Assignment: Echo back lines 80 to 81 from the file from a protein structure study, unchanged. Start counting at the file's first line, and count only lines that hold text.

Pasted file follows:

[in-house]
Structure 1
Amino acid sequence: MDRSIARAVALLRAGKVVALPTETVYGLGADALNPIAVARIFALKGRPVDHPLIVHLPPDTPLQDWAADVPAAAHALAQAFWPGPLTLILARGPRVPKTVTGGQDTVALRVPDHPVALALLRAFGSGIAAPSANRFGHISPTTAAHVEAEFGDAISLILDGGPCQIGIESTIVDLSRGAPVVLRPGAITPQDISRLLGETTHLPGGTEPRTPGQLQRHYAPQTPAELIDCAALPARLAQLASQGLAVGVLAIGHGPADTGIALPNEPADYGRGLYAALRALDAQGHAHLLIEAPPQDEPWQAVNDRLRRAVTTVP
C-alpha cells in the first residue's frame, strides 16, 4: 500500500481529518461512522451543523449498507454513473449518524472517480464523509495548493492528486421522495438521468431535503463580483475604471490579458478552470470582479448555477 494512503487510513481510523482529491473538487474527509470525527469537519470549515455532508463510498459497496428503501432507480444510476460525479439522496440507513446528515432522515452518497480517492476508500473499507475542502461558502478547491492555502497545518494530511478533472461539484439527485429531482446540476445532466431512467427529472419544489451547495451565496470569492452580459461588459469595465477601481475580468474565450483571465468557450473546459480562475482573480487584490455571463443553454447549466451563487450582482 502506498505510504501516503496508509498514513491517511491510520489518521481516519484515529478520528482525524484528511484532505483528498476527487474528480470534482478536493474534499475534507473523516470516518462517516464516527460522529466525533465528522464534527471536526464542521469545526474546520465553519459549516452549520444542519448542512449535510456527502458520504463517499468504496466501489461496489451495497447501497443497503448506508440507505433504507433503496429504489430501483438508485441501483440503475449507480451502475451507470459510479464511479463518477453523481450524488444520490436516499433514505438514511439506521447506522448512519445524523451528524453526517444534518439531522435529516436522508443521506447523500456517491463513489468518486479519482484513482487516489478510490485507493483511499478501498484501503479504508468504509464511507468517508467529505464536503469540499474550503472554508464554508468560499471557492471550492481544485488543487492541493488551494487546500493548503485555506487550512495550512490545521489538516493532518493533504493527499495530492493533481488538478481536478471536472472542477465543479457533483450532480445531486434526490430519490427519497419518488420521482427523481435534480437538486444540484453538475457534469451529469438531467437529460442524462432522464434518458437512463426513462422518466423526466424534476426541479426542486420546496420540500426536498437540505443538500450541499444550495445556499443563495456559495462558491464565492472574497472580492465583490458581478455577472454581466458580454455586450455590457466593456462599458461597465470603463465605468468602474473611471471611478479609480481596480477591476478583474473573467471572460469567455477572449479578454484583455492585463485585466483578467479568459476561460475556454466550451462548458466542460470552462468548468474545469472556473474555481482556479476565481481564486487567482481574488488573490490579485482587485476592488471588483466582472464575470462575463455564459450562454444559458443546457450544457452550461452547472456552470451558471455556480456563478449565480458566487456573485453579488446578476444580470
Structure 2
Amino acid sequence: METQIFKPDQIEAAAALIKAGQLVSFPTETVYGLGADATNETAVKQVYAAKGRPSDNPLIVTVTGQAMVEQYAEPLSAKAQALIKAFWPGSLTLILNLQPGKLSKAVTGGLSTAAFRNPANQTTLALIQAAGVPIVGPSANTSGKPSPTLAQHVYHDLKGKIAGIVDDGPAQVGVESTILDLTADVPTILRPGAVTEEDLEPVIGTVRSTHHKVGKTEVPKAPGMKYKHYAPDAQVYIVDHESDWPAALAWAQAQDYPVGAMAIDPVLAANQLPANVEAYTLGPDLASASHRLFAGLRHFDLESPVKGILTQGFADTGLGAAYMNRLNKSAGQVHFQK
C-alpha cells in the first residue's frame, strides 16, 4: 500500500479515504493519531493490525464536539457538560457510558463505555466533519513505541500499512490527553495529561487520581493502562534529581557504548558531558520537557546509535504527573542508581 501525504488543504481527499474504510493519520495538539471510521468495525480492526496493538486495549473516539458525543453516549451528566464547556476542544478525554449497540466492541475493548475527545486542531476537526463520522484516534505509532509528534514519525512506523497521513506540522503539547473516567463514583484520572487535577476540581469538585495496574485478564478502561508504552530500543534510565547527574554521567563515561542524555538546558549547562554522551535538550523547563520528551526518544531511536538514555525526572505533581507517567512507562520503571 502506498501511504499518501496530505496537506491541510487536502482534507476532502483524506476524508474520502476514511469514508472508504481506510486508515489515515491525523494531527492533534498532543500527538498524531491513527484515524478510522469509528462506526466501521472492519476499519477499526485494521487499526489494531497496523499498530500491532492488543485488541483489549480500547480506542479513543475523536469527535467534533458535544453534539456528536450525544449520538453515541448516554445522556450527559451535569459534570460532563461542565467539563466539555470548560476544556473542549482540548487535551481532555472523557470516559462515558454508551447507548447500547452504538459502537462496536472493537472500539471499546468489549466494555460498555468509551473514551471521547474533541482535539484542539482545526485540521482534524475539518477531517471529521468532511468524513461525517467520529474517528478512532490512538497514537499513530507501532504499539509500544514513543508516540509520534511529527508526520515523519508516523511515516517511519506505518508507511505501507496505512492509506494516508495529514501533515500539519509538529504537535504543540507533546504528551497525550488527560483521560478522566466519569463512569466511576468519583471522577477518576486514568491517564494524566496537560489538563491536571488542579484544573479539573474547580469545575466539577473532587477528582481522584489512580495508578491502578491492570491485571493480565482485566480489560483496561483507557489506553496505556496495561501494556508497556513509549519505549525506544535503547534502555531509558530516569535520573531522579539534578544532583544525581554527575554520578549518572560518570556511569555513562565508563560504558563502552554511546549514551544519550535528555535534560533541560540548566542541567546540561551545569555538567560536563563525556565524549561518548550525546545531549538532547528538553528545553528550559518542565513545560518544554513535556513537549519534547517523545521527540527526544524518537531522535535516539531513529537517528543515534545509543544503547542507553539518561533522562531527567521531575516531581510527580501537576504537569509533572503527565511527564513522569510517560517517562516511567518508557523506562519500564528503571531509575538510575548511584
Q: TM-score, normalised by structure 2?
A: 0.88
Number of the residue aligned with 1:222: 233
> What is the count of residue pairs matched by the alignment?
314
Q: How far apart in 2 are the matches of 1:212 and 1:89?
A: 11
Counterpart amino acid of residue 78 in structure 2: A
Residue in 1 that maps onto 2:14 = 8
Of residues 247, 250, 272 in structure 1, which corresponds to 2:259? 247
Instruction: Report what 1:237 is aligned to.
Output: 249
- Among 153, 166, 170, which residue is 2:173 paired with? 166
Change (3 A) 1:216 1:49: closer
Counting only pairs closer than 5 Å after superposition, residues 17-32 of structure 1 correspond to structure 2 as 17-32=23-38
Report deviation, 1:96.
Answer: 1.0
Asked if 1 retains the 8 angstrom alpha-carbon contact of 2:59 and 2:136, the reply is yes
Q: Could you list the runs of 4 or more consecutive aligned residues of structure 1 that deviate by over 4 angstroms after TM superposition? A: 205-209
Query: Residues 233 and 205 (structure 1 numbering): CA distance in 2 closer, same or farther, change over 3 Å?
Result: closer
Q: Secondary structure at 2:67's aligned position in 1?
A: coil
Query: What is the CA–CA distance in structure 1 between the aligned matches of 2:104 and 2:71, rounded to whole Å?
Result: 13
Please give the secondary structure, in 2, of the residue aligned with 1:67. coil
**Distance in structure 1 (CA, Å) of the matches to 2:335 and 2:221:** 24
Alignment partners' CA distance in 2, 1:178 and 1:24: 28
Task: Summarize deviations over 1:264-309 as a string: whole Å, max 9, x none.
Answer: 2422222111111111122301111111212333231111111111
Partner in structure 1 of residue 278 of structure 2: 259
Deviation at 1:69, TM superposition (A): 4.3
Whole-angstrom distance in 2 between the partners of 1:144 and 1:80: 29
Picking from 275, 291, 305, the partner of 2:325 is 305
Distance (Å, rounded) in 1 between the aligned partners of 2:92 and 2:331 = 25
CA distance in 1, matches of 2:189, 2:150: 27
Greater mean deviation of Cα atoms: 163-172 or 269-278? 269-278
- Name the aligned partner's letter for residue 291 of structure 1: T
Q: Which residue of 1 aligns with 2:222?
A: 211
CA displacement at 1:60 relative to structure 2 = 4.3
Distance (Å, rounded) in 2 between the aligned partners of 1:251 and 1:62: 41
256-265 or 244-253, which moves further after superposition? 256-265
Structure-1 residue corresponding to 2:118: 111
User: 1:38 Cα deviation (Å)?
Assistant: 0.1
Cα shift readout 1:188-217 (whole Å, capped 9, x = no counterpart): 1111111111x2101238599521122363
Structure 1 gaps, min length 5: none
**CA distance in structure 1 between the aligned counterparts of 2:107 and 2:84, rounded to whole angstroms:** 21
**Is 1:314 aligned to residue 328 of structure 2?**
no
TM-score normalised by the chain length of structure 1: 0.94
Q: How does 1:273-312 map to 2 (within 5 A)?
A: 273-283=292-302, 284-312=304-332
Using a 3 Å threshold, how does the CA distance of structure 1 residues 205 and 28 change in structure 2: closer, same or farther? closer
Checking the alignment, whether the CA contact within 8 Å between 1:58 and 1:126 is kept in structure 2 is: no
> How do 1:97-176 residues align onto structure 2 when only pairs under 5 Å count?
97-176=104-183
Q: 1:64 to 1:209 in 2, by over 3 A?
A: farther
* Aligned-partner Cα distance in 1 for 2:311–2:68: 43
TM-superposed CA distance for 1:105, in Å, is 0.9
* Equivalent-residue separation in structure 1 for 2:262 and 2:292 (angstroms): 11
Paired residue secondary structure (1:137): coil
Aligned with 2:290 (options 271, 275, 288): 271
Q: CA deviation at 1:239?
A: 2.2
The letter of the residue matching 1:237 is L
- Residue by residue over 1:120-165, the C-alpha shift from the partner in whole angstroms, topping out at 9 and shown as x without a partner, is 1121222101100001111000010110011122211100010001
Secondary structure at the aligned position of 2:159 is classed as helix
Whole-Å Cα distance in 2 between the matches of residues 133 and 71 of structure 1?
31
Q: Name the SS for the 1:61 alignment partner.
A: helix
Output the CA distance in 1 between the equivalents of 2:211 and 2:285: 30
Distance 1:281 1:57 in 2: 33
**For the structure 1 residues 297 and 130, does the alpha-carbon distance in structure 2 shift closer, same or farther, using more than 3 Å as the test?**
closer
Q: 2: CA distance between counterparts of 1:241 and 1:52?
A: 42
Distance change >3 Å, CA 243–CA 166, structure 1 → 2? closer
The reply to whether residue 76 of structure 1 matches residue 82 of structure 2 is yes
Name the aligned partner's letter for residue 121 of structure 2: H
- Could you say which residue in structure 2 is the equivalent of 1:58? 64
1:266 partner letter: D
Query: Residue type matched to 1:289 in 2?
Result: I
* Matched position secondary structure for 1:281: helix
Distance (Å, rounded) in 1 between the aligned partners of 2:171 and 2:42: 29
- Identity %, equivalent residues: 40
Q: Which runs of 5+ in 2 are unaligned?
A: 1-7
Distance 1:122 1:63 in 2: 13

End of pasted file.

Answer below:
Q: Name the SS for the 1:61 alignment partner.
A: helix